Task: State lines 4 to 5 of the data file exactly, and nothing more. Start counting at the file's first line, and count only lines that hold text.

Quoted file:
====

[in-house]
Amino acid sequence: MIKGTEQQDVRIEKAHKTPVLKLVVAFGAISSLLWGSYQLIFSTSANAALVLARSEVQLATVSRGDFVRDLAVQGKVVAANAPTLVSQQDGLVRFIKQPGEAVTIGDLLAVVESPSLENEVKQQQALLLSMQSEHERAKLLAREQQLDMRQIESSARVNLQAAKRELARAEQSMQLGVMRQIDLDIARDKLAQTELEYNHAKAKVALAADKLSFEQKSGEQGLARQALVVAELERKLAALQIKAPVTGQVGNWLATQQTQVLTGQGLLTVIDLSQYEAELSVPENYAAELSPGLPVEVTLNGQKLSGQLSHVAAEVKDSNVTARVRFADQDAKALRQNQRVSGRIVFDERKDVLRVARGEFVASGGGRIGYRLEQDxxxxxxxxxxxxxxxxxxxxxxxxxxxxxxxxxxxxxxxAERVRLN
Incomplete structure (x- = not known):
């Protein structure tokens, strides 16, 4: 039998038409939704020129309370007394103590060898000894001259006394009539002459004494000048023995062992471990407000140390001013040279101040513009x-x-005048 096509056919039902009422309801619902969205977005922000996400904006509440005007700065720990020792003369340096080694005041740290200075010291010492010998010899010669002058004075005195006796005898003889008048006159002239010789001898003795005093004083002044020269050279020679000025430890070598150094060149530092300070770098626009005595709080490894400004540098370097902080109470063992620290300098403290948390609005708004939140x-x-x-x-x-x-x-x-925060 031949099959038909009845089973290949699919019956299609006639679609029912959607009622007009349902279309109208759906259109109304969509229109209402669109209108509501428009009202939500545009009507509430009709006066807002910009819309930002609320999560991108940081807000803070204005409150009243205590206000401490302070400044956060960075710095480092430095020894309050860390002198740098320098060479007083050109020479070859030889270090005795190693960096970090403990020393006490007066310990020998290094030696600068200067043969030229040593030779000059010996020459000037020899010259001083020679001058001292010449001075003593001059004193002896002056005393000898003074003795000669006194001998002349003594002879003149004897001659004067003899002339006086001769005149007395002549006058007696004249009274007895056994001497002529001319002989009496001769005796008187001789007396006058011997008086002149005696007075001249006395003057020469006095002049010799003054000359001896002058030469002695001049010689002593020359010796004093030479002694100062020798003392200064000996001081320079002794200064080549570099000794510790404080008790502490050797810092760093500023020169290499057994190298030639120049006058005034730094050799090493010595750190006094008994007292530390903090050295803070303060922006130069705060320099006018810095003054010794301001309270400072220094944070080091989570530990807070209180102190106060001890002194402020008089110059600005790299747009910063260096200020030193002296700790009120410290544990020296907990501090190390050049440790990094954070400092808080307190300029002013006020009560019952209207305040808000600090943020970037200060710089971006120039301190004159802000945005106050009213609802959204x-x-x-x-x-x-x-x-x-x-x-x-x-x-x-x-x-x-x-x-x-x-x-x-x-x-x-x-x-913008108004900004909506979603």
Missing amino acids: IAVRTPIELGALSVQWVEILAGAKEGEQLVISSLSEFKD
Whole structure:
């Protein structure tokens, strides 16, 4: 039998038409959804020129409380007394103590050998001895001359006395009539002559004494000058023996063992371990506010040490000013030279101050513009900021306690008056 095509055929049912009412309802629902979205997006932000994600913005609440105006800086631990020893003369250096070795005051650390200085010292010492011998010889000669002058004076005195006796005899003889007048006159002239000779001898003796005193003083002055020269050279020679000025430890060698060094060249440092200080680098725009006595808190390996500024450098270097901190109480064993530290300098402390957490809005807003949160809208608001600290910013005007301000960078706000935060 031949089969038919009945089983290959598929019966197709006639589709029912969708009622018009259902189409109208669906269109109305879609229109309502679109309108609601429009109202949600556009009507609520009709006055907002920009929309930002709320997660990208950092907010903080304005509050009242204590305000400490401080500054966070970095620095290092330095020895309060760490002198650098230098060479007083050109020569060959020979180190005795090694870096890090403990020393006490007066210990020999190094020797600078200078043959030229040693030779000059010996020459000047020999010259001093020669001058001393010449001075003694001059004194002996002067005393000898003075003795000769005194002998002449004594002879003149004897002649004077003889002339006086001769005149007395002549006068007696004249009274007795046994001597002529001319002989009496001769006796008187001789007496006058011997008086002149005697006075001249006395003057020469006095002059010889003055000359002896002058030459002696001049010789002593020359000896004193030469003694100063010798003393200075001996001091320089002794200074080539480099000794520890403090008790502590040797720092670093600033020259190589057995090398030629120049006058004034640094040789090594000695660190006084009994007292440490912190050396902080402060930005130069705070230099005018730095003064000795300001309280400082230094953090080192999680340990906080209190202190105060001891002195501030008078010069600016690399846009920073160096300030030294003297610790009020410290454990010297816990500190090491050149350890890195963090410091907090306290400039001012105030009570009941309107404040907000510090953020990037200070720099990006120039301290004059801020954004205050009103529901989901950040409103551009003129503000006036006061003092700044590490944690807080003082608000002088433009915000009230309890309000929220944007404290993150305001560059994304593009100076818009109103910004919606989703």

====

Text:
């Protein structure tokens, strides 16, 4: 039998038409939704020129309370007394103590060898000894001259006394009539002459004494000048023995062992471990407000140390001013040279101040513009x-x-005048 096509056919039902009422309801619902969205977005922000996400904006509440005007700065720990020792003369340096080694005041740290200075010291010492010998010899010669002058004075005195006796005898003889008048006159002239010789001898003795005093004083002044020269050279020679000025430890070598150094060149530092300070770098626009005595709080490894400004540098370097902080109470063992620290300098403290948390609005708004939140x-x-x-x-x-x-x-x-925060 031949099959038909009845089973290949699919019956299609006639679609029912959607009622007009349902279309109208759906259109109304969509229109209402669109209108509501428009009202939500545009009507509430009709006066807002910009819309930002609320999560991108940081807000803070204005409150009243205590206000401490302070400044956060960075710095480092430095020894309050860390002198740098320098060479007083050109020479070859030889270090005795190693960096970090403990020393006490007066310990020998290094030696600068200067043969030229040593030779000059010996020459000037020899010259001083020679001058001292010449001075003593001059004193002896002056005393000898003074003795000669006194001998002349003594002879003149004897001659004067003899002339006086001769005149007395002549006058007696004249009274007895056994001497002529001319002989009496001769005796008187001789007396006058011997008086002149005696007075001249006395003057020469006095002049010799003054000359001896002058030469002695001049010689002593020359010796004093030479002694100062020798003392200064000996001081320079002794200064080549570099000794510790404080008790502490050797810092760093500023020169290499057994190298030639120049006058005034730094050799090493010595750190006094008994007292530390903090050295803070303060922006130069705060320099006018810095003054010794301001309270400072220094944070080091989570530990807070209180102190106060001890002194402020008089110059600005790299747009910063260096200020030193002296700790009120410290544990020296907990501090190390050049440790990094954070400092808080307190300029002013006020009560019952209207305040808000600090943020970037200060710089971006120039301190004159802000945005106050009213609802959204x-x-x-x-x-x-x-x-x-x-x-x-x-x-x-x-x-x-x-x-x-x-x-x-x-x-x-x-x-913008108004900004909506979603």
Missing amino acids: IAVRTPIELGALSVQWVEILAGAKEGEQLVISSLSEFKD